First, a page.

These are just a few off-the-cuff (what does that mean, anyway?) thoughts which I’m not going to make any great attempt to organize. They’re provoked by two things: one, this remark by Louise in a comment on the previous post:

What women seem to want (from my POV, though I am reluctant to extrapolate to others, even from my actual experience of being a woman!) is love and it seems, these days, that they are willing to settle for sex.

The other thing is the fact that my wife has been exchanging text messages since late yesterday afternoon with a friend who is out in Texas with her daughter, who is, as I write, in the process of giving birth to her first child. It’s now about noon on Sunday, and the young woman has been in labor since Saturday evening, and as far as my wife has heard the baby has still not been born.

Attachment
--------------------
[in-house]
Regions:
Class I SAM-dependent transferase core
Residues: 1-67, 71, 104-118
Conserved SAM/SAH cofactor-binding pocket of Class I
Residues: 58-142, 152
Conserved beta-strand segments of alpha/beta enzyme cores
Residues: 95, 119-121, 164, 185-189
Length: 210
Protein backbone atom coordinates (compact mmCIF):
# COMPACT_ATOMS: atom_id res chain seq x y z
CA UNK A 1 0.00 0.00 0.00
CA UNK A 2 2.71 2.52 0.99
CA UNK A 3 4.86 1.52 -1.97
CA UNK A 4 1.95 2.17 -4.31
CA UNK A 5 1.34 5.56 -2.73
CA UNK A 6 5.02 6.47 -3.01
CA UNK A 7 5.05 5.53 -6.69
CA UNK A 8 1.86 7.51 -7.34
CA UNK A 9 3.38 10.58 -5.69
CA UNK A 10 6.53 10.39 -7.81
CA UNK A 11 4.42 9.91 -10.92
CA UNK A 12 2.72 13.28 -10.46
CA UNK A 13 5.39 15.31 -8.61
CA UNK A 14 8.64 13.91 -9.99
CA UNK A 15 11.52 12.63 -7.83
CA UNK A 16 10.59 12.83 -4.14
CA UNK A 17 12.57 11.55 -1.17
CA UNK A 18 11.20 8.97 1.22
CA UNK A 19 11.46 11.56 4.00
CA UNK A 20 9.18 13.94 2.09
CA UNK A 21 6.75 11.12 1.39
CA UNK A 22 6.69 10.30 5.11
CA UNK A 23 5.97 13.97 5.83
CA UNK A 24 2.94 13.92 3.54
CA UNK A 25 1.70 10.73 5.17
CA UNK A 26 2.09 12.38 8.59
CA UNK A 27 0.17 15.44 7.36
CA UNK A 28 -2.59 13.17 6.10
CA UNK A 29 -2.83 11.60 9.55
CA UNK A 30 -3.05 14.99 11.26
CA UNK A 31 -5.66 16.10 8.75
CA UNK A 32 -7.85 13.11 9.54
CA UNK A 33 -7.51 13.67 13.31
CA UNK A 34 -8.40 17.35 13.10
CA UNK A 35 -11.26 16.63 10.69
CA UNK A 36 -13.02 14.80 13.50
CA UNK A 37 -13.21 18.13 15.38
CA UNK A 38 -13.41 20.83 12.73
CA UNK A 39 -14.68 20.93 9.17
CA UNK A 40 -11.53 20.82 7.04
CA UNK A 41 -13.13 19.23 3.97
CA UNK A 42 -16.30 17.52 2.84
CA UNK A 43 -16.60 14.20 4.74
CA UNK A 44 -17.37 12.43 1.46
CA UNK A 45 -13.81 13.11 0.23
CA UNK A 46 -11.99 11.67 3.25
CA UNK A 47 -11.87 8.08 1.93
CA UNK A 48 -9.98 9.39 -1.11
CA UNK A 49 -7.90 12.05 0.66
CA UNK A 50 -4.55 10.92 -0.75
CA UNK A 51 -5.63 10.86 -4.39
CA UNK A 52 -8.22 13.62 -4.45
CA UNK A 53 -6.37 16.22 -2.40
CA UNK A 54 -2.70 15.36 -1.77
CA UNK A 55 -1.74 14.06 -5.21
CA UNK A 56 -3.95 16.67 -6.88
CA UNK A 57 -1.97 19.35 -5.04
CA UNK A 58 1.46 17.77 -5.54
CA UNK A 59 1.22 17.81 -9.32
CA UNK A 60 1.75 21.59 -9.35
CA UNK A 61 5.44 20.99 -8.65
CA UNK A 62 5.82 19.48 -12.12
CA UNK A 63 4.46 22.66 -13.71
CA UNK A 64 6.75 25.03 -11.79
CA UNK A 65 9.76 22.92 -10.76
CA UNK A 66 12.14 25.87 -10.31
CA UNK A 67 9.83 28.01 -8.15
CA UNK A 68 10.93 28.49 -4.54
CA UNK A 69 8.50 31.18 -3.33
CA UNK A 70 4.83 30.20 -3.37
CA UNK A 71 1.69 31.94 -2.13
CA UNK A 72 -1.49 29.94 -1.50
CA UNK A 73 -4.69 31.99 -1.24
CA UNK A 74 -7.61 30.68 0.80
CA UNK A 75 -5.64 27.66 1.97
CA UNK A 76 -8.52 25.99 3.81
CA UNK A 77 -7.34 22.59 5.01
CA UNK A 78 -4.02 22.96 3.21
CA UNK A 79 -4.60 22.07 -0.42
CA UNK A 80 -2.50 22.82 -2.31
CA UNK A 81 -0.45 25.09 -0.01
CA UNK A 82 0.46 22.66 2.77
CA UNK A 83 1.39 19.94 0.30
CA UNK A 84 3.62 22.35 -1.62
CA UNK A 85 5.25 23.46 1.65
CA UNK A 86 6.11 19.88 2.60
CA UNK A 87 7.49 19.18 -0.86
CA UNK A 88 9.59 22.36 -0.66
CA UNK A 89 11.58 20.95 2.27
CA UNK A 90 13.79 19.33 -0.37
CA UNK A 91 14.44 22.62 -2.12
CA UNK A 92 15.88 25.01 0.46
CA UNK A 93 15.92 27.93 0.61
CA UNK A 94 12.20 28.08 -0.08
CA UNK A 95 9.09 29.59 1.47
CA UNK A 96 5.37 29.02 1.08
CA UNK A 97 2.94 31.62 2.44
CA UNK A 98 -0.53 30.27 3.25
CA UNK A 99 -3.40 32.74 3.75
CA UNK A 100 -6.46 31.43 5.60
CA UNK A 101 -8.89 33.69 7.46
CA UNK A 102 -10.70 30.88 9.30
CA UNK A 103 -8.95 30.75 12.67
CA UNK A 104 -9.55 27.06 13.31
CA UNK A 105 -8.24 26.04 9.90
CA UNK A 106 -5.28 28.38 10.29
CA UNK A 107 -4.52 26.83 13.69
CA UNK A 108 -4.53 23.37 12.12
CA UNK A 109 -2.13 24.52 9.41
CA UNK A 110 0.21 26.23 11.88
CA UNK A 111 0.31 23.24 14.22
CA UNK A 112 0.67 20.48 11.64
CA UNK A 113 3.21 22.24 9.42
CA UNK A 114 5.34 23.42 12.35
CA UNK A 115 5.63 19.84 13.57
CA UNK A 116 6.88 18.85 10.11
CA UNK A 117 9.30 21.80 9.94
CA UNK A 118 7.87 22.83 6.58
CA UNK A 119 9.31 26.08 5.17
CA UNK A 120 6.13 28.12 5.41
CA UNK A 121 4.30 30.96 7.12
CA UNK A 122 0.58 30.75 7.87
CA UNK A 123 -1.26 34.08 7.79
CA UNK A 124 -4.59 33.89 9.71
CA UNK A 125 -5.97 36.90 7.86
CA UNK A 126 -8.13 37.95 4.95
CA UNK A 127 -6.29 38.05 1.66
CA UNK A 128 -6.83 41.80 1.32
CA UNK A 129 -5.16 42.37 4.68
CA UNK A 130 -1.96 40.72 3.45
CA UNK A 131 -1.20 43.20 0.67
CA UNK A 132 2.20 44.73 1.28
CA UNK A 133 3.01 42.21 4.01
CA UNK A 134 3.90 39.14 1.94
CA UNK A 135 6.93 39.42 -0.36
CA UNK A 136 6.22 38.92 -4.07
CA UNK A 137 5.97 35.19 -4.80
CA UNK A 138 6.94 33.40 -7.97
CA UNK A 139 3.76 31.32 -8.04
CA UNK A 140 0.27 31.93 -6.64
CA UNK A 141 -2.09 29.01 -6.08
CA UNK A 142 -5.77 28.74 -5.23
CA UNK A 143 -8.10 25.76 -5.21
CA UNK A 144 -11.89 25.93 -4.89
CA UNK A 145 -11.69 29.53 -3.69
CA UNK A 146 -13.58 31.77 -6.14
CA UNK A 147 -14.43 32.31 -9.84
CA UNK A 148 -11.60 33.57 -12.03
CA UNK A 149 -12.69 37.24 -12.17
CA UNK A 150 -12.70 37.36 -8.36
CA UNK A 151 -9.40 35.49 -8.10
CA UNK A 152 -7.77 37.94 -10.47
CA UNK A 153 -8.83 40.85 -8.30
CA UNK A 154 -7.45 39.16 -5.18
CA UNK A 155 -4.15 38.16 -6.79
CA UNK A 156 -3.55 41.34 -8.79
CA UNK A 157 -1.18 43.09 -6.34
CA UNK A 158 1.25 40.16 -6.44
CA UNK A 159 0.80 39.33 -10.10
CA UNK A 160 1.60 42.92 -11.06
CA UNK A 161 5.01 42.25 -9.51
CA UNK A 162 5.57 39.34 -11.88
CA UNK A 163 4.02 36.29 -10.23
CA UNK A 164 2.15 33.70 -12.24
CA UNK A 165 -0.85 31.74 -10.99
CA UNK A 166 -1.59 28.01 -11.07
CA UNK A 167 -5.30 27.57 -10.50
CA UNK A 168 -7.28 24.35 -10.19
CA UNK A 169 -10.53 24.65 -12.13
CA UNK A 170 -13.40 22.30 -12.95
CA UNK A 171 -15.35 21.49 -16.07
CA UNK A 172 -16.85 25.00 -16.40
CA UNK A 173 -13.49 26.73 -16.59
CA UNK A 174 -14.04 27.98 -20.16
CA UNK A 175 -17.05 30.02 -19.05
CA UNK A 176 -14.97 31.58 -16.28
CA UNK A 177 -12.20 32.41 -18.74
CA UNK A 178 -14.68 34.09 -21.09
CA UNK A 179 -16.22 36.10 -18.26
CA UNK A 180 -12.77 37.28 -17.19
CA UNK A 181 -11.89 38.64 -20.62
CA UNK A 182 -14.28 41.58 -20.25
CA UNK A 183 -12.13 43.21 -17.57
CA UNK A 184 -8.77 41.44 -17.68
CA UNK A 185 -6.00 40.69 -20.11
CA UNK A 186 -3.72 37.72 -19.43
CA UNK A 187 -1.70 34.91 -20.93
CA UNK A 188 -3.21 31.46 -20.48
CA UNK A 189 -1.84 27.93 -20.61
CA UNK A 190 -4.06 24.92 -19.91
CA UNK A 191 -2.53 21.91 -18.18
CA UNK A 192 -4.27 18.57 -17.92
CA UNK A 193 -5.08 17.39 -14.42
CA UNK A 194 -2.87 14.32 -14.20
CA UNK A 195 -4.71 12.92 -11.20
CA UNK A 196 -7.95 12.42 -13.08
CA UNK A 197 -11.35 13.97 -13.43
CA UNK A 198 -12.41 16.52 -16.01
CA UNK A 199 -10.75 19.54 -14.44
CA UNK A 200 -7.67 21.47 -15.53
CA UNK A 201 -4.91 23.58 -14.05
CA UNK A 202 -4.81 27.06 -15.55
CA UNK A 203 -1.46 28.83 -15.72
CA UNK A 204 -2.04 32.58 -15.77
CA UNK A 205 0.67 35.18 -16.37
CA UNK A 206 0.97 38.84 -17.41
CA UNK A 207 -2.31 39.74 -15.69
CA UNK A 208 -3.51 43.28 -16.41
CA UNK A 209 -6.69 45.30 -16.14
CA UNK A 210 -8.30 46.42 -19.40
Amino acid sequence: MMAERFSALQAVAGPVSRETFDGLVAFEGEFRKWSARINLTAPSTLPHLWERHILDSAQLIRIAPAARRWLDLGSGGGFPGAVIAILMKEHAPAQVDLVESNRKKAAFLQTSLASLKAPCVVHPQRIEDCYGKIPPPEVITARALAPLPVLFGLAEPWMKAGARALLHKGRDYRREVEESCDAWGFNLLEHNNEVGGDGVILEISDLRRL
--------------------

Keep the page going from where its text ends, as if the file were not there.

I suspect Louise is right, although I admit the question of what and how women think about sex remains a mystery to me. All I can say with any confidence is that it isn’t the same as what and how men think.

It appears that a very large factor for women is the sense of being desired, of being affirmed as attractive. I was struck, many years ago, even as many women were asserting that there really wasn’t any big difference between men and women, by the fact that the covers of men’s magazines featured sexy women, and the covers of women’s magazines also featured sexy women. And I suspect there is often a misunderstanding of the connection between being desired and being loved. There is not necessarily, in the male mind, a connection between physical desire and emotional affection—there may be one, but there may well not be.

The ideal of the attractive woman is the beauty of youth, and, implicitly, of fertility. So we see women, long after the point where they can hope to compete in the beauty contest with young women, desperately trying to make themselves look younger, to emulate the look that goes with the ability to make babies.